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June 2, 2019

For reading to be fluent it must be accurate, at a reasonable rate and prosodic (Kuhn and Stahl, 2003).  Accuracy and speed pertain to decoding automaticity and the word superiority effect (Reicher, 1969 – more here) but prosody (the ability to make oral reading sound like authentic oral speech (Rasinski et al., 2011)) is more nuanced and demanding to identify.

Prosody focuses on the features of speech that are layered...

May 4, 2019

With a quarter of ten and eleven year-olds in England unable to read to the expected standard (DfE, 2018), and with the majority of those children now having had phonics instruction for two years of their initial schooling perhaps Glazzard (2017) is correct when he asserts that if a child has received phonics instruction from aged five to seven and is still struggling to read then more phonics instruction is irrational; somethin...

April 17, 2019

Systematic phonics instruction has been described as the nearest thing to a silver bullet for the development of literacy.  With all the economic and social ills associated with illiteracy (detailed here), it would be a brave person who would deny the weight of research in its favour.  There remains considerable resistance to this form of instruction from the teaching profession (detailed here) but also a number of high-profile...

April 7, 2019

‘The question for teachers is no longer “look and say” or phonics. Instead, the question is which phonics programmes are most effective…’ (Gibb, 2018). The English Schools’ Minister’s assertion that the reading wars have been won by the relentless barrage of research undermining ‘look and say’ approaches may not be strictly true – the rear-guard anti-phonics battles being fought in Australia by academics, the pervasiveness of ‘B...

December 9, 2018

By 1955, the American academic elite had come to an almost universal conclusion: phonics was dangerous. In that year the most eminent publication on reading instruction, ‘The Reading Teacher’ in its editorial penned by the ‘distinguished’ (Terman and Walcutt, 1958 p110) Emmett Betts concluded that children taught by a phonics approach ‘can call words but cannot read…’ (1955, p2).  Phonics instruction was almost completely discar...

November 25, 2018

Although educational research was in its infancy in the early decades of the twentieth century there was sufficient concern and curiosity from both teachers and universities as to the veracity of whole word methods versus phonics that a number of rudimentary studies were conducted.  The majority of these studies compared phonic and non-phonic approaches to the teaching of reading and had little concern with the actual programmes...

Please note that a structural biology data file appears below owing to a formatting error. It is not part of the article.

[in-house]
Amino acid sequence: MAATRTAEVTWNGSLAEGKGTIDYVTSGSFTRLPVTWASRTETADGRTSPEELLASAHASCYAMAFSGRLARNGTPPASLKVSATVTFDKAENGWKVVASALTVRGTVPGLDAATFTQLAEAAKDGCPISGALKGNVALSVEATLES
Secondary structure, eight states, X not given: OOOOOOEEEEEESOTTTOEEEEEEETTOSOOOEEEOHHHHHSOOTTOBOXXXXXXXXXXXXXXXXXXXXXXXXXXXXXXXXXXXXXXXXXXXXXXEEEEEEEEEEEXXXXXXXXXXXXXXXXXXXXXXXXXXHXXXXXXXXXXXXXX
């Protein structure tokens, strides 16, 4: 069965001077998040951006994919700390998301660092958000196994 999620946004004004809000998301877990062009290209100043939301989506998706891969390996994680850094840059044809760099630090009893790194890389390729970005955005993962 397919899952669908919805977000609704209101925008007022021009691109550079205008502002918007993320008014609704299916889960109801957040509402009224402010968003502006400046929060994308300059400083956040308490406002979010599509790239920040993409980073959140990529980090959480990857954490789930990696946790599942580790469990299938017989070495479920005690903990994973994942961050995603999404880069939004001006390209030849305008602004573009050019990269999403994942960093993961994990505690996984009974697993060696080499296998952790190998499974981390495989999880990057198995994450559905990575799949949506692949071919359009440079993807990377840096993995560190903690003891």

October 23, 2018

Huey’s (1908) ‘scientific’ proof that phonic instruction was a superfluous, torpid stage of reading development resulted in a revival of whole-word reading methods.  Phonics was not entirely expunged from reading education but was exiled to the peripheries of instruction as a post facto analytical intervention.  Along with Dewey’s influential environment-driven approach to child learning, the course away from early phonics instr...

October 2, 2018

The word method of teaching reading dominated instruction methods for a century with its word lists and flash cards and repeated vocabulary and culminated in the seemingly rational mutation into Goodman’s (1971) whole language approach.  It was only the glaring, incontrovertible fact that the millions of children taught by this method were unable to read that finally brought this edifice crashing down – 60% of Californian nine a...

September 1, 2018

By the late nineteenth century in the United States the vice-like grip of the whole-word method on initial reading instruction and the reliance on the McGuffy Reader was starting to diminish as the long-term effects of the method were starting to become evident.  Pupils made apparently huge initial strides in reading fluency in the early grades, but as Smith notes from a contemporary journal ‘…pupils in the higher grades are not...

August 6, 2018

However, confused and ineffective the teaching of reading had become in the United States in the nineteenth century, at least there was national debate, rudimentary research and a desire to find the pedagogical El Dorado.  No such national debate occurred in Britain at this time. The enlightenment experiment of the United States that saw a well-educated and literate populace as a fundamental driver of democra...

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